On '60 Minutes,' Trump Talks About A Variety Of Issues
RACHEL MARTIN, HOST:
President Trump says the U.S. is trying to figure out exactly who is behind the disappearance and alleged murder of journalist Jamal Khashoggi. The president told "60 Minutes" that if the top leadership in Saudi Arabia is responsible, there will be severe punishment. Saudi Arabia continues to deny any involvement and said that if the U.S. imposes sanctions, it will retaliate. This was one subject covered in a wide-ranging interview that aired on CBS last night with President Trump.
NPR's White House correspondent Ayesha Rascoe joins us now. Good morning.
AYESHA RASCOE, BYLINE: Good morning.
MARTIN: So Turkish investigators say Jamal Khashoggi was murdered in their country on the order of the crown prince of Saudi Arabia, Mohammed bin Salman, which would prove very complicated for President Trump, who has sought to develop closer ties with him. Did President Trump in this interview outline what the severe punishment might be if Saudi is proven to have been behind this?
RASCOE: He did not. And what he did do is outline what it will not be. And that is it will not be any sanctions that limit arms sales or ban arms sales to Saudi Arabia. And he made clear that he felt like that would be economically damaging to the U.S., and therefore it wouldn't be a good idea to go that route. Some lawmakers have called for that action. But he said that that is not what he plans to do, although he did say that he was very upset by this story and that - he said he will take strong action.
MARTIN: And he at least opened the possibility. He said that it could be Saudi Arabia's top leadership. So we just don't know what the consequences of that would be.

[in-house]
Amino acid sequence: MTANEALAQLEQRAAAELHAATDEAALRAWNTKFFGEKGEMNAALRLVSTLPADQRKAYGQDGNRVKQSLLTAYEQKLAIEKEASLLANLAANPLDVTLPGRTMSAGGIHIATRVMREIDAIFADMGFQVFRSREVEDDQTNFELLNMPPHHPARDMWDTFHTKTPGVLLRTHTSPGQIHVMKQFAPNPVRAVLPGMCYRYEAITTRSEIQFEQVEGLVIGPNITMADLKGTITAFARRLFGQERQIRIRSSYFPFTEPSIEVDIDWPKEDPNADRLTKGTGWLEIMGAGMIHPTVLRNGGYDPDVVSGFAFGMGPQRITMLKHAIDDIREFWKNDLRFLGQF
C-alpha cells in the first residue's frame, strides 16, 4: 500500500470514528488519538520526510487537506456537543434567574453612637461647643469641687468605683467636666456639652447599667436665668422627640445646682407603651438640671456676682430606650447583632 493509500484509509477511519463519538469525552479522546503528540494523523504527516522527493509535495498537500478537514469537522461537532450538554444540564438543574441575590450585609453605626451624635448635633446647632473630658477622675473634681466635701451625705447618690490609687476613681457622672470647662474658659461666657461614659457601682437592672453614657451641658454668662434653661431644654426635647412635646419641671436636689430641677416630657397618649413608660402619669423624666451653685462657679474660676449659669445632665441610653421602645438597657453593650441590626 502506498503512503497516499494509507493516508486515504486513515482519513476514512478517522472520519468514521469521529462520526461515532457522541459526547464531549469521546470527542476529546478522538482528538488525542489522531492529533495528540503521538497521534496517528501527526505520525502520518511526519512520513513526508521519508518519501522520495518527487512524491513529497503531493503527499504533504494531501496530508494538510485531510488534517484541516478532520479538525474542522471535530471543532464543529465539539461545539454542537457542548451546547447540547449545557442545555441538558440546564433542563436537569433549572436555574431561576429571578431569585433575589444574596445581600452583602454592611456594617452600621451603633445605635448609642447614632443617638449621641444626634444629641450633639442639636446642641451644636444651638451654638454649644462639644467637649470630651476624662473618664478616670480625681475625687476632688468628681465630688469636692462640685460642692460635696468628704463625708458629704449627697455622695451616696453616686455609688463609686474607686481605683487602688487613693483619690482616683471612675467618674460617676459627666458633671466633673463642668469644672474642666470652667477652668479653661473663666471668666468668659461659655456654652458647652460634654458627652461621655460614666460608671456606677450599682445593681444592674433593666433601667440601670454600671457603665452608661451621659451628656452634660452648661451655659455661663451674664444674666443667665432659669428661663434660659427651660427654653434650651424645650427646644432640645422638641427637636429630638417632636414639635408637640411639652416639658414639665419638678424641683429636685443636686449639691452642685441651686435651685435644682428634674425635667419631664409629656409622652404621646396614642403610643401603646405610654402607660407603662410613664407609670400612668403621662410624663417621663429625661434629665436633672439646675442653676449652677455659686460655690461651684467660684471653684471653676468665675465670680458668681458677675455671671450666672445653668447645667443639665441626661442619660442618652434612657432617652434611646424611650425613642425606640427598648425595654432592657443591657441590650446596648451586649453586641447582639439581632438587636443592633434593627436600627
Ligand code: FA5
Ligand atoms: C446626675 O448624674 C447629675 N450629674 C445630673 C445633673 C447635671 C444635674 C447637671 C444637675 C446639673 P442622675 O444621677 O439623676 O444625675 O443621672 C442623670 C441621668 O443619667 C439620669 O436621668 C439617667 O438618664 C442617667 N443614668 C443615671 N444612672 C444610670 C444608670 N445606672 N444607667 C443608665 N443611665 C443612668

MARTIN: So this was also, in this interview, the first time the president has really been pressed on climate change since he entered the White House. What did he say? Did - has his position changed at all?
RASCOE: He said he doesn't think it's a hoax. He famously - before he became president said it was - that he believed climate change was a hoax. He said he doesn't think it's a hoax anymore, but he still doesn't think it's manmade, or it may not be manmade. And he said if the climate is changing, it may change back. He was really pressed on this - why he doesn't believe scientists or believe some of his own scientists. And he said that some scientists have political agendas and that he - so he would have to figure out what scientists are saying this because he thinks that some may be politically motivated.
MARTIN: And by changing back, presumably he means right now the climate is warming, but it could stop warming at some point.
RASCOE: It seemed to be that way.
MARTIN: Did he present any evidence for that?
RASCOE: He seemed to be kind of making the argument that it could be a bit random in a way, and we don't know what's causing this. That was the argument he was making.
MARTIN: President Trump has had a lot of kind words for North Korea's leader, Kim Jong Un, as of late. Lesley Stahl, the "60 Minutes" anchor, asked him about this. What did he have to say about the current status of that situation?
RASCOE: Well, he had very good words again. And - now, this came after he made headlines last month saying that he and Kim had fallen in love. And Trump defended that quote saying it was just a figure of speech. He says he knows that Kim is the head of an extremely oppressive regime. But he argued what's important is that he has a good relationship with him.
(SOUNDBITE OF TV SHOW, "60 MINUTES")
PRESIDENT DONALD TRUMP: I get along with him really well. I have a good energy with him. I have a good chemistry with him. Look at the horrible threats that were made. No more threats. No more threats.
RASCOE: So basically he's saying that right now we're not seeing nuclear tests, and we're not seeing these verbal threats against the U.S. And so that's what's important. And that's happened because of his good relationship with Kim.
MARTIN: Although there's no evidence that the North has stopped all of its nuclear weapons program.
RASCOE: No. And he said we don't know that. Nobody knows. So he acknowledged that the U.S. is still in the dark on some things.
MARTIN: All right, NPR White House correspondent Ayesha Rascoe, thanks.
RASCOE: Thank you. Transcript provided by NPR, Copyright NPR.